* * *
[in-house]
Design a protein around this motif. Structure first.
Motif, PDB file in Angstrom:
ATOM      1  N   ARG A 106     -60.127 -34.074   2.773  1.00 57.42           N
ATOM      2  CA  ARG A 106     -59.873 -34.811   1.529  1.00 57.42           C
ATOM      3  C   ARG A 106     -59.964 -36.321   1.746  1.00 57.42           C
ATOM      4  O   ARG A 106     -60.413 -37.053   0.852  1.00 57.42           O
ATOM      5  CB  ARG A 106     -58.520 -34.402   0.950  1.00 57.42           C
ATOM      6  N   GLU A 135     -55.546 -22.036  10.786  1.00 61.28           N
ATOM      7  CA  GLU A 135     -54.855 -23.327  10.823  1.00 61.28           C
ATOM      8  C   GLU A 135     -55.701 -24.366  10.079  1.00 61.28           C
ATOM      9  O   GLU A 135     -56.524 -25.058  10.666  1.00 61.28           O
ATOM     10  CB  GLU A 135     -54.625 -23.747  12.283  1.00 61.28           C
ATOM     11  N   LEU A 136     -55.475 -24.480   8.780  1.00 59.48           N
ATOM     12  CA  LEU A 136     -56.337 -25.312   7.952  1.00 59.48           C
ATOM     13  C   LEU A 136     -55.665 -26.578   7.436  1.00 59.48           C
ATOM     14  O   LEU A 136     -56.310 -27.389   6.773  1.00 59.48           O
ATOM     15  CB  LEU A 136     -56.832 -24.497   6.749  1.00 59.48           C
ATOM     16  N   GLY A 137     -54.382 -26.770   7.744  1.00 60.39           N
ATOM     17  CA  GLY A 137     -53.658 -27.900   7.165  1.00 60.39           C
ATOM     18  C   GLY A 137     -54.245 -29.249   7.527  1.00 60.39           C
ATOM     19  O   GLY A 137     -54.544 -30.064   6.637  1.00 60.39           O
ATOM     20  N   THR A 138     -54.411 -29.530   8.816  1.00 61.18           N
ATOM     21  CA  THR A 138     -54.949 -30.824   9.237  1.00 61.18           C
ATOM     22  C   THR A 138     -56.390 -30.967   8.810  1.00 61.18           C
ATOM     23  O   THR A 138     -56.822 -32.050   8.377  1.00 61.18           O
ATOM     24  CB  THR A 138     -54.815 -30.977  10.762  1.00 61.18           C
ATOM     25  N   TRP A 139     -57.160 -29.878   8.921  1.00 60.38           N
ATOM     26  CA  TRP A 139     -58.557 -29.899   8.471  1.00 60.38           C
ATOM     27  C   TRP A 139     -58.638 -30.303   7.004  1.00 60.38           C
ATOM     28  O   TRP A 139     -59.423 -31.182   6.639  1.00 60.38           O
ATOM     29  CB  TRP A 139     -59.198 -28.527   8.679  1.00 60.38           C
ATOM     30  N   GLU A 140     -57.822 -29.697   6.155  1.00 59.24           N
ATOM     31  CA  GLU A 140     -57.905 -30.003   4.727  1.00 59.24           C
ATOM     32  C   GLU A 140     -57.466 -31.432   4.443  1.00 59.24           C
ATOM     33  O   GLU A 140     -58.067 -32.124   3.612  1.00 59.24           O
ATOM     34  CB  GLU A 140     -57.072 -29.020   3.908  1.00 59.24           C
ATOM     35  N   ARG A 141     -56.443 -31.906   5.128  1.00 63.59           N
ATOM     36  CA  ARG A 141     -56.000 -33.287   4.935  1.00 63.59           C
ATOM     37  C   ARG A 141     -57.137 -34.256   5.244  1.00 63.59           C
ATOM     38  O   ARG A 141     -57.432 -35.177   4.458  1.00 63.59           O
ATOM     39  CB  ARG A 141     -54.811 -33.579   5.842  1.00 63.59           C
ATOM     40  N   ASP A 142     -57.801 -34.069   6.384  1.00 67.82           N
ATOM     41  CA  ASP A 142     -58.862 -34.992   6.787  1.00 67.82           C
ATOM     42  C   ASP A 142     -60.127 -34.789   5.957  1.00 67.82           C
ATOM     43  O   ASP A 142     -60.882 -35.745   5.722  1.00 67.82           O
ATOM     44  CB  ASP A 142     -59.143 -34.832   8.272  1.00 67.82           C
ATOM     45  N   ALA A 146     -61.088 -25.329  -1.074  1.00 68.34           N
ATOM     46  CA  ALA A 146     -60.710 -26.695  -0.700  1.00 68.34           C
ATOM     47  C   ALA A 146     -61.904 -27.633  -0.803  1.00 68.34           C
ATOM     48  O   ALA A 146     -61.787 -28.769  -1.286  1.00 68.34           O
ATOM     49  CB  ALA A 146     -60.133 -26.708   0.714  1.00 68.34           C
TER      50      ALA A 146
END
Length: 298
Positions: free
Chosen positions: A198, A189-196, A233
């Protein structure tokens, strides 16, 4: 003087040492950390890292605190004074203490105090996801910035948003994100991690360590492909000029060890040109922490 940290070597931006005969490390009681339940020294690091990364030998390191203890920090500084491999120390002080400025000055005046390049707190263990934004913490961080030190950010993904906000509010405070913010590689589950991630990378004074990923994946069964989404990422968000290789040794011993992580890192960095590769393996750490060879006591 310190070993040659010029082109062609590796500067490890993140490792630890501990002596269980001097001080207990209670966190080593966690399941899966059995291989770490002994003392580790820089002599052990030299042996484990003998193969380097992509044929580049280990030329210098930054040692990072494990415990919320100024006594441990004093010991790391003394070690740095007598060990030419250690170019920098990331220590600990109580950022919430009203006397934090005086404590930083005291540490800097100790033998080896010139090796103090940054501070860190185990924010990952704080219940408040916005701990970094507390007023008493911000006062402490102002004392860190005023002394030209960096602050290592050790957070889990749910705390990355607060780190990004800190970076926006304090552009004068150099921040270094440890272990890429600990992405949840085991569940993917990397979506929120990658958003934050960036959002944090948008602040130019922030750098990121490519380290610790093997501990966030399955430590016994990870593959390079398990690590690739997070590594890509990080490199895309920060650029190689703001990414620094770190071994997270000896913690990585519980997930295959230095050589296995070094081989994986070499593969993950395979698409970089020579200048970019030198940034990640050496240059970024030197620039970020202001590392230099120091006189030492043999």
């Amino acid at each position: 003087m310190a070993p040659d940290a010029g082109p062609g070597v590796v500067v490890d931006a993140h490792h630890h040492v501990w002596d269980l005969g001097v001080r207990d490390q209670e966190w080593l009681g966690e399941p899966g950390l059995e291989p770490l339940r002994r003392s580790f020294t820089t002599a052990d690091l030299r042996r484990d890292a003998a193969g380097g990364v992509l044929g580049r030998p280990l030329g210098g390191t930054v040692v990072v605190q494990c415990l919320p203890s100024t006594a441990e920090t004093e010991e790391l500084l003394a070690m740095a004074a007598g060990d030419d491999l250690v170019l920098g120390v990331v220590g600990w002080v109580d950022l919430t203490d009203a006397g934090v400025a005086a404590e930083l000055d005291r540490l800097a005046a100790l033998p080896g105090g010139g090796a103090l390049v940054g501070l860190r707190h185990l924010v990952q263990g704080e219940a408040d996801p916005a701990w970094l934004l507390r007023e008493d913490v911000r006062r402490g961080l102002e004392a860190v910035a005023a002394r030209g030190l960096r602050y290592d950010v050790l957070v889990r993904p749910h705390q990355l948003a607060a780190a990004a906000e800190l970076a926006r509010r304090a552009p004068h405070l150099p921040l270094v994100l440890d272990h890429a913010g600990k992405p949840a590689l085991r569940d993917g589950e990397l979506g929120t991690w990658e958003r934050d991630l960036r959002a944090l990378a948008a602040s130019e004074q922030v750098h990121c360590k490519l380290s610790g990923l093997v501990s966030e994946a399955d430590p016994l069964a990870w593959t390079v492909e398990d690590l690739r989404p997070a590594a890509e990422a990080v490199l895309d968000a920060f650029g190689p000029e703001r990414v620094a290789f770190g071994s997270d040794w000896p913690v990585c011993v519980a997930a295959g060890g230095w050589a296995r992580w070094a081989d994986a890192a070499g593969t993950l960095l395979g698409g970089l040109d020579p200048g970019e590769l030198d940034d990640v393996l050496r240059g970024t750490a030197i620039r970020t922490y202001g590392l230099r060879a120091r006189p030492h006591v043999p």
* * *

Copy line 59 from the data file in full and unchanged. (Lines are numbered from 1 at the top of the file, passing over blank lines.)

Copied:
């Amino acid at each position: 003087m310190a070993p040659d940290a010029g082109p062609g070597v590796v500067v490890d931006a993140h490792h630890h040492v501990w002596d269980l005969g001097v001080r207990d490390q209670e966190w080593l009681g966690e399941p899966g950390l059995e291989p770490l339940r002994r003392s580790f020294t820089t002599a052990d690091l030299r042996r484990d890292a003998a193969g380097g990364v992509l044929g580049r030998p280990l030329g210098g390191t930054v040692v990072v605190q494990c415990l919320p203890s100024t006594a441990e920090t004093e010991e790391l500084l003394a070690m740095a004074a007598g060990d030419d491999l250690v170019l920098g120390v990331v220590g600990w002080v109580d950022l919430t203490d009203a006397g934090v400025a005086a404590e930083l000055d005291r540490l800097a005046a100790l033998p080896g105090g010139g090796a103090l390049v940054g501070l860190r707190h185990l924010v990952q263990g704080e219940a408040d996801p916005a701990w970094l934004l507390r007023e008493d913490v911000r006062r402490g961080l102002e004392a860190v910035a005023a002394r030209g030190l960096r602050y290592d950010v050790l957070v889990r993904p749910h705390q990355l948003a607060a780190a990004a906000e800190l970076a926006r509010r304090a552009p004068h405070l150099p921040l270094v994100l440890d272990h890429a913010g600990k992405p949840a590689l085991r569940d993917g589950e990397l979506g929120t991690w990658e958003r934050d991630l960036r959002a944090l990378a948008a602040s130019e004074q922030v750098h990121c360590k490519l380290s610790g990923l093997v501990s966030e994946a399955d430590p016994l069964a990870w593959t390079v492909e398990d690590l690739r989404p997070a590594a890509e990422a990080v490199l895309d968000a920060f650029g190689p000029e703001r990414v620094a290789f770190g071994s997270d040794w000896p913690v990585c011993v519980a997930a295959g060890g230095w050589a296995r992580w070094a081989d994986a890192a070499g593969t993950l960095l395979g698409g970089l040109d020579p200048g970019e590769l030198d940034d990640v393996l050496r240059g970024t750490a030197i620039r970020t922490y202001g590392l230099r060879a120091r006189p030492h006591v043999p």